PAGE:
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My takeaway

The perfect size of a product team is three people. Three reduces miscommunication and improves coordination—it speeds up the whole process. Be careful when setting expectations because promises leads to rushing, scrambling, and many times a tinge of regret.

My notes

These are my informal notes from It Doesn’t Have to Be Crazy at Work. It contains a mix of key highlights as well as my own thoughts and lessons.

  • Creativity, progress, and impact do not yield to brute force.
  • Put in a good day’s work, day after day, but nothing more. You can play with your kids and still be a successful entrepreneur. You can have a hobby. You can take care of yourself physically. You can read a book. You can watch a silly movie with your partner. You can take the time to cook a proper meal. You can go for a long walk. You can dare to be completely ordinary every now and then.
  • When you stick with planning for the short term, you get to change your mind often. And that’s a huge relief! This eliminates the pressure for perfect planning and all the stress that comes with it.
  • Time and attention are best spent in large bills, if you will, not spare coins and small change.
  • When people focus on productivity, they end up focusing on being busy. Filling every moment with something to do. And there’s always more to do!
  • “We believe in effectiveness. How little can we do? How much can we cut out? Instead of adding to-dos, we add to-don’ts.”
  • Not doing something that isn’t worth doing is a wonderful way to spend your time.
  • Work ethic is about being a fundamentally good person that others can count on and enjoy working with.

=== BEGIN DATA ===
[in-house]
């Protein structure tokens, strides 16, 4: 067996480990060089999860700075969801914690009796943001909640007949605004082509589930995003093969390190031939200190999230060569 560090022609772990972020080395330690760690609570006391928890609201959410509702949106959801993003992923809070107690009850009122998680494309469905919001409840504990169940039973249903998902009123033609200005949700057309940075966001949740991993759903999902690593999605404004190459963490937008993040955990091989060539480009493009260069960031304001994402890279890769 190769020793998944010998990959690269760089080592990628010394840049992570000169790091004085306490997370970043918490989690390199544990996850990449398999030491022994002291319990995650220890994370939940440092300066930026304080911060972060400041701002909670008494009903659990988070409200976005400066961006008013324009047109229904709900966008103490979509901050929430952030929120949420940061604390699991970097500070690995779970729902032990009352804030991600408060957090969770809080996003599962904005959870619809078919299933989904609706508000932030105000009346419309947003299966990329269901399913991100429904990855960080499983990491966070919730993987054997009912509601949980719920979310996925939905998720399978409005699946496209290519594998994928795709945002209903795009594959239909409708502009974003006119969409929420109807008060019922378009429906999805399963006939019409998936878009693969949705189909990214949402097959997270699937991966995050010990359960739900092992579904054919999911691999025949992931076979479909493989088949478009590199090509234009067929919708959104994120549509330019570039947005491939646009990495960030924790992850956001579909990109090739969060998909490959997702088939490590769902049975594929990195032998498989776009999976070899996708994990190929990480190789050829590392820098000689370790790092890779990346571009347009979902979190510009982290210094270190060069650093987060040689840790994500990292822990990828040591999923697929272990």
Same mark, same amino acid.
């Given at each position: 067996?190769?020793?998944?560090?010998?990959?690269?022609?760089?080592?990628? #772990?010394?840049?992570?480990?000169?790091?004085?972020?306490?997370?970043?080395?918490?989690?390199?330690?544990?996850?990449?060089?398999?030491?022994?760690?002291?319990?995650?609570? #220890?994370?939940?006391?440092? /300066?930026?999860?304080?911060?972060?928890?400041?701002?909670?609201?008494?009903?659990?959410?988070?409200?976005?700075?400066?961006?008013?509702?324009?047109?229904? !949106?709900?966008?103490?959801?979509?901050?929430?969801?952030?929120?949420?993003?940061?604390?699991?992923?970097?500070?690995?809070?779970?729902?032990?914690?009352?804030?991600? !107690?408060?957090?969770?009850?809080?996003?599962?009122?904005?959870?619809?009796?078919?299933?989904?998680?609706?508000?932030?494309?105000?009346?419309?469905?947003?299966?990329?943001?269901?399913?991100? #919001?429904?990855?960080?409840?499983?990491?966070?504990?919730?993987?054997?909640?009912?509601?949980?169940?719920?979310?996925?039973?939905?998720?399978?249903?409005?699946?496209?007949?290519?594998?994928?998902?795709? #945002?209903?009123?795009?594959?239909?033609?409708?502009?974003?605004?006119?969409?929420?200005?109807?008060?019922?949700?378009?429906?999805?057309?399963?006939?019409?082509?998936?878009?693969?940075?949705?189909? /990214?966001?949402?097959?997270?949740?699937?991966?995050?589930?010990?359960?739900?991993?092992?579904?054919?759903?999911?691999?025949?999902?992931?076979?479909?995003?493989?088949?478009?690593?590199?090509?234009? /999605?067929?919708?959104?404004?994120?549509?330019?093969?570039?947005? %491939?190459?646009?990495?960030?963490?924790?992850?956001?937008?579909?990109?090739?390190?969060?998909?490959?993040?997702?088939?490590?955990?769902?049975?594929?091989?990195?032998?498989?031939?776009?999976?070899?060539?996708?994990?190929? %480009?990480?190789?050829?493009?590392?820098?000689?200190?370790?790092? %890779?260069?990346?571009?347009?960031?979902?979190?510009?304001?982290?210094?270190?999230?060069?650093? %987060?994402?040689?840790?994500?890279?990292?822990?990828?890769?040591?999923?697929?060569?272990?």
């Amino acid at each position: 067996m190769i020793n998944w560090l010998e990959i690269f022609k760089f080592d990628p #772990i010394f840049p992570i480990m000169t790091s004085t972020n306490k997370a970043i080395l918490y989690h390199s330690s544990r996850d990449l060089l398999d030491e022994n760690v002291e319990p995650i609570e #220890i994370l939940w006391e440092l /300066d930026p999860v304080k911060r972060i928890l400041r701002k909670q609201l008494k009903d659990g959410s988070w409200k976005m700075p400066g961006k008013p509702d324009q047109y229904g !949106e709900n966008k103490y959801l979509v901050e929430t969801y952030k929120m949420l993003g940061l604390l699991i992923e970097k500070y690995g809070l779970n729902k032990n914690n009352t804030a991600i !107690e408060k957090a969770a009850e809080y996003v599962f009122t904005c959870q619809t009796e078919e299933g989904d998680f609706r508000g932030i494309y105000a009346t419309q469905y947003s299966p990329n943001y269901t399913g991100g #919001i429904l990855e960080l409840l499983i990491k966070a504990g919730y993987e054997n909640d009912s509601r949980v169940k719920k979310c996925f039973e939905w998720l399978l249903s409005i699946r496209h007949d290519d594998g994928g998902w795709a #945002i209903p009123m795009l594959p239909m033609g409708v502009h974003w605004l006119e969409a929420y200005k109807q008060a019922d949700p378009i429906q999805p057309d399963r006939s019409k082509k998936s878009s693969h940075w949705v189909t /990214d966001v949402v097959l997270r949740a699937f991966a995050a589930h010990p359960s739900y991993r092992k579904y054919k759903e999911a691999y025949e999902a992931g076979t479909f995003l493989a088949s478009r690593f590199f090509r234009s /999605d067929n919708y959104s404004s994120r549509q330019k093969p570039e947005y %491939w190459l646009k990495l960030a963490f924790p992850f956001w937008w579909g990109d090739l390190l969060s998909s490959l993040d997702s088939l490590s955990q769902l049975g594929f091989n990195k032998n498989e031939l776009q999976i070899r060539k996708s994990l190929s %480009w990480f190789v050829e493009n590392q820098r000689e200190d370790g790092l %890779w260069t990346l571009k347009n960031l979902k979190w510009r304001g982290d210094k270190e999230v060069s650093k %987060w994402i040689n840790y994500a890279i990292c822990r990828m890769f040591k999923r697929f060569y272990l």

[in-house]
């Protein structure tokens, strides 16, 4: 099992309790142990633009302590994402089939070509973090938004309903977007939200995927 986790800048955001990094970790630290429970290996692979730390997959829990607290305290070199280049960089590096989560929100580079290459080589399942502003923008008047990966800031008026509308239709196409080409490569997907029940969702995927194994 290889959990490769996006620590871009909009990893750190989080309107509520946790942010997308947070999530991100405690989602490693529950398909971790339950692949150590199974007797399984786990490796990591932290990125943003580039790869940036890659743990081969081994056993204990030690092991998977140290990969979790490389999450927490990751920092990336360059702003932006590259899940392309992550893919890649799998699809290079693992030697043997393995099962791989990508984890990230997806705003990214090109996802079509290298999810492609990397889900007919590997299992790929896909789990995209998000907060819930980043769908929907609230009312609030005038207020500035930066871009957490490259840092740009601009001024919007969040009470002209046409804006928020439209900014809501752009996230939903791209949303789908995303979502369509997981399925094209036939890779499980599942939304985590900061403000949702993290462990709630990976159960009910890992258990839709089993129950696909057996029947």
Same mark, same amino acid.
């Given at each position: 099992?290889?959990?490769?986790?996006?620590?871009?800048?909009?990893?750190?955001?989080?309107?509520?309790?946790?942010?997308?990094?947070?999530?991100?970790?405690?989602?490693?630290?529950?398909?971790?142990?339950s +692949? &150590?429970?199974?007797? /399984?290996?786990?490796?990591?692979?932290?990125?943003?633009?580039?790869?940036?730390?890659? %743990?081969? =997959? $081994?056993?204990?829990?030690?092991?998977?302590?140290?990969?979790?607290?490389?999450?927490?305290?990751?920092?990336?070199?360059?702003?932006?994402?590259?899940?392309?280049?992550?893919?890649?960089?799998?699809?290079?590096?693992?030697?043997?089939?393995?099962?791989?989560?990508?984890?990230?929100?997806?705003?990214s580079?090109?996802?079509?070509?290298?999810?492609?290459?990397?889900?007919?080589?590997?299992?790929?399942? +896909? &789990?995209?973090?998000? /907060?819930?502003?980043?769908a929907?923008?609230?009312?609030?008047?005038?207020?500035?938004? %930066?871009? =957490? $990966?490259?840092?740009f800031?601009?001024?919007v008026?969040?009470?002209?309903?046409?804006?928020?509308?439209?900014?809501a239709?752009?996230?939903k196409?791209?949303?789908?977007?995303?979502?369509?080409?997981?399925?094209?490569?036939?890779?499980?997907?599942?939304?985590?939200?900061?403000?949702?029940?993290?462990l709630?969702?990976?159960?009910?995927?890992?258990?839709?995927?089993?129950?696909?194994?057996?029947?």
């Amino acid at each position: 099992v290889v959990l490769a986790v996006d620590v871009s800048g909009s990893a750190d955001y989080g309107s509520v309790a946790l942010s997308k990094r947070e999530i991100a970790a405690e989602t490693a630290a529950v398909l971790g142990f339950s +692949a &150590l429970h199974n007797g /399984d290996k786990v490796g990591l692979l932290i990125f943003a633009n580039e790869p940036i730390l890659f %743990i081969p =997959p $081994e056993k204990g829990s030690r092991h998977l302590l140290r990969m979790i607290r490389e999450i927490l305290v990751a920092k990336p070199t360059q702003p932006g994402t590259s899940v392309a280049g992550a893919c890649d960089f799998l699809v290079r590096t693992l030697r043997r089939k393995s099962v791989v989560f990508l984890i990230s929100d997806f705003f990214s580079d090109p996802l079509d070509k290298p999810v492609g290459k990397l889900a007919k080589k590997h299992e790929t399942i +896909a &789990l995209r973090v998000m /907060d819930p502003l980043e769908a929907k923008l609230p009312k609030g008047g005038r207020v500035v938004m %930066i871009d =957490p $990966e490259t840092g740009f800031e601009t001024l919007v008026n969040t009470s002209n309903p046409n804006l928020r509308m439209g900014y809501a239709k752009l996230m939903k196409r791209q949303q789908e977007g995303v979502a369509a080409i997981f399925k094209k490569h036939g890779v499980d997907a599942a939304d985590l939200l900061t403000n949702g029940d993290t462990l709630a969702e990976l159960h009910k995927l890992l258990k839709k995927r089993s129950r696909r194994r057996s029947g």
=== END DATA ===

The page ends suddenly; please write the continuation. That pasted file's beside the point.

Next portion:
• You can only do great work if you have adequate quality time to do it.
  • People should be missing out! Most people should miss out on most things most of the time.
  • The quickest way to disappointment is to set unreasonable expectations.
  • Knowing when to embrace Good Enough is what gives you the opportunity to be truly excellent when you need to be.
  • “That’s fine” is such a wonderfully relaxing way to work most of the time.
  • Any conversation with more than three people is typically a conversation with too many people.
  • Having a box full of stale work is no fun. Happiness is shipping: finishing good work, sending it off, and then moving on to the next idea.
  • The next morning (or week) has a way of telling the truth. It’s good to sleep on something.
  • No is easier to do, yes is easier to say. No is no to one thing. Yes is no to a thousand things. No is a precision instrument, a surgeon’s scalpel, a laser beam focused on one point.
  • Becoming a calm company is all about making decisions about who you are, who you want to serve, and who you want to say no to. It’s about knowing what to optimize for.